New to digital photomicrography

Starting out in microscopy? Post images and ask questions relating to the microscope and get answers from our more advanced users on the subject.

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georgetsmurf
Posts: 46
Joined: Tue Nov 30, 2010 5:55 pm

New to digital photomicrography

Post by georgetsmurf »

Hi everyone. I have done some photomicrography for research papers in the past but never really got around to looking at the suject seriously. I am now having a go. I will continue to experiment and see what happens.
I am using very basic stuff at the moment-a Lolam Russian instrument that I got relatively inexpensive while at uni many years ago. The camera is a Nikon D300s and mounting stuff I have fabricated.Image
Image

Craig Gerard
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Joined: Sat May 01, 2010 1:51 am
Location: Australia

Post by Craig Gerard »

Welcome georgetsmurf :)

Does your current microscope have a condenser with iris?
georgetsmurf wrote:The camera is a Nikon D300s and mounting stuff I have fabricated.
Cool 8)

Craig
To use a classic quote from 'Antz' - "I almost know exactly what I'm doing!"

rjlittlefield
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Post by rjlittlefield »

Welcome aboard! :D

These images look good -- sharp and no obvious CA (chromatic aberration, color fringes).

Next step: focus stacking.

I am curious about your equipment. Are you using flash illumination or continuous? How do you have your camera coupled to your scope?

--Rik

georgetsmurf
Posts: 46
Joined: Tue Nov 30, 2010 5:55 pm

Post by georgetsmurf »

Craig Gerard wrote:Welcome georgetsmurf :)

Does your current microscope have a condenser with iris?
The microscope used for these images does have a aperture-adjustable condenser.
Cheers George. :)

georgetsmurf
Posts: 46
Joined: Tue Nov 30, 2010 5:55 pm

Post by georgetsmurf »

rjlittlefield wrote:These images look good -- sharp and no obvious CA (chromatic aberration, color fringes).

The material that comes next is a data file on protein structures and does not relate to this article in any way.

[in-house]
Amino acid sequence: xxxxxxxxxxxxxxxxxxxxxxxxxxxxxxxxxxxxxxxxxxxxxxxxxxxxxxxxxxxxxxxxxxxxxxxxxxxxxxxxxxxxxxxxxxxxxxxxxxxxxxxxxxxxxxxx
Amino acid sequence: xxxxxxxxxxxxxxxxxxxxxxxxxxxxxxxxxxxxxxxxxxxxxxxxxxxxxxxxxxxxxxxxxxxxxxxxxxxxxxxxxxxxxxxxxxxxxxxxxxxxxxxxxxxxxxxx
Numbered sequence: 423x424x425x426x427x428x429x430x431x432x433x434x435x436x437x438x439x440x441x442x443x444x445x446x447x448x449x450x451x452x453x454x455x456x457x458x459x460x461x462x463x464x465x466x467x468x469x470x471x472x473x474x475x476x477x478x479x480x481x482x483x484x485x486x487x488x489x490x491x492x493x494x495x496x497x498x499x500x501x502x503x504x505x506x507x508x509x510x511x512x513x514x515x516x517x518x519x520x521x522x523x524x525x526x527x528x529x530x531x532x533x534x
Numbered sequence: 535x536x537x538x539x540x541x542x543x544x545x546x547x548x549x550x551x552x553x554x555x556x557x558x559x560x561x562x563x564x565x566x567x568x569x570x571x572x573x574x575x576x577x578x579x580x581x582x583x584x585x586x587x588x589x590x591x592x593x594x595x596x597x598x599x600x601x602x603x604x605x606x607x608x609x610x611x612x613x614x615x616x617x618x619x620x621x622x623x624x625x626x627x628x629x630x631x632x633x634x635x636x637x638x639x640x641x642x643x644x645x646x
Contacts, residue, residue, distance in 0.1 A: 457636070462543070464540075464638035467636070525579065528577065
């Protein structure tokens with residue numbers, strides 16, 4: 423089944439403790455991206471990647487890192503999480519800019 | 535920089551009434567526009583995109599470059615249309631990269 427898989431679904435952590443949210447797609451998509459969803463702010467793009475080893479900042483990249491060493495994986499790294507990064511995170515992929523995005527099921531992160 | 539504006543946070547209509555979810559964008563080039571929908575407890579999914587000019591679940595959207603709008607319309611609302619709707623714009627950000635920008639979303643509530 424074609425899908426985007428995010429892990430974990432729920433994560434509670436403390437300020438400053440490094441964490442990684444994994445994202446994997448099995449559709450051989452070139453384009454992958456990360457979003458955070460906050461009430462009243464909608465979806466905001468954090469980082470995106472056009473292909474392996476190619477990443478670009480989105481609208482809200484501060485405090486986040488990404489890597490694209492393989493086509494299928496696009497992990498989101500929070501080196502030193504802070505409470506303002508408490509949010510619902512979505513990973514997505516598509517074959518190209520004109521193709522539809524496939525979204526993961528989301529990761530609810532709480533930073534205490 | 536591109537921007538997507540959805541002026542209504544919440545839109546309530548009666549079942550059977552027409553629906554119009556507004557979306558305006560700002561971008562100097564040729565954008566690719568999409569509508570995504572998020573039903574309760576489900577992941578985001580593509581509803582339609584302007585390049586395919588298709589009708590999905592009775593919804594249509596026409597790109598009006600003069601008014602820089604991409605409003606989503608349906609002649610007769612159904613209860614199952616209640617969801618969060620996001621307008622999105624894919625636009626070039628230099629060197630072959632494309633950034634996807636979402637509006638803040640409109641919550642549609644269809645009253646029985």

Next step: focus stacking.

I am curious about your equipment. Are you using flash illumination or continuous? How do you have your camera coupled to your scope?

--Rik
These images were from a camera (Nikon D300S) coupled directly to the microscope. The microscope used was a Russian LOMO-Biolam using direct-from-above dichroic lighting (about 40 degree off horizontal). The objective in this case also a Russian one. For my more recent post on Depth of Field I used a Nikon 1970's polarising microscope without polarising equipment mounted and with Nikon objective with same lighting. I also placed a curved white card directly behind the objective to reflect light back and reduce harsh sadows. I have not yet experimented with flash as my flash equipment is not available at my current address, however I will be doing that in the new year. I have heard about Photo Stacking and Zerene got a mention. Would be interested to know about that. Cheers George.

rjlittlefield
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Post by rjlittlefield »

George,

I can tell you about Zerene Stacker. I'm the fellow who wrote that one, after I got tired of wrestling with the other packages.

I suggest poking through the online documentation, starting at http://zerenesystems.com/stacker/. There are several tutorials. For microscopy, a good way to start is to just accept all the defaults and use the PMax method. After you have some practice, you may want to adjust some of the alignment controls and use DMap or some combination via retouching.

As I commented in your other post about DOF, there really is no substitute for focus stacking in this regime. If you try to get sufficient DOF by stopping down, you'll lose too much sharpness to be happy.

Given that you're using a Nikon, you'll probably get better sharpness at the pixel level after your flash equipment arrives. The more recent Canon DSLRs have a clever way to make exposures with essentially no vibration, but Nikon hasn't picked up on that trick yet.

--Rik

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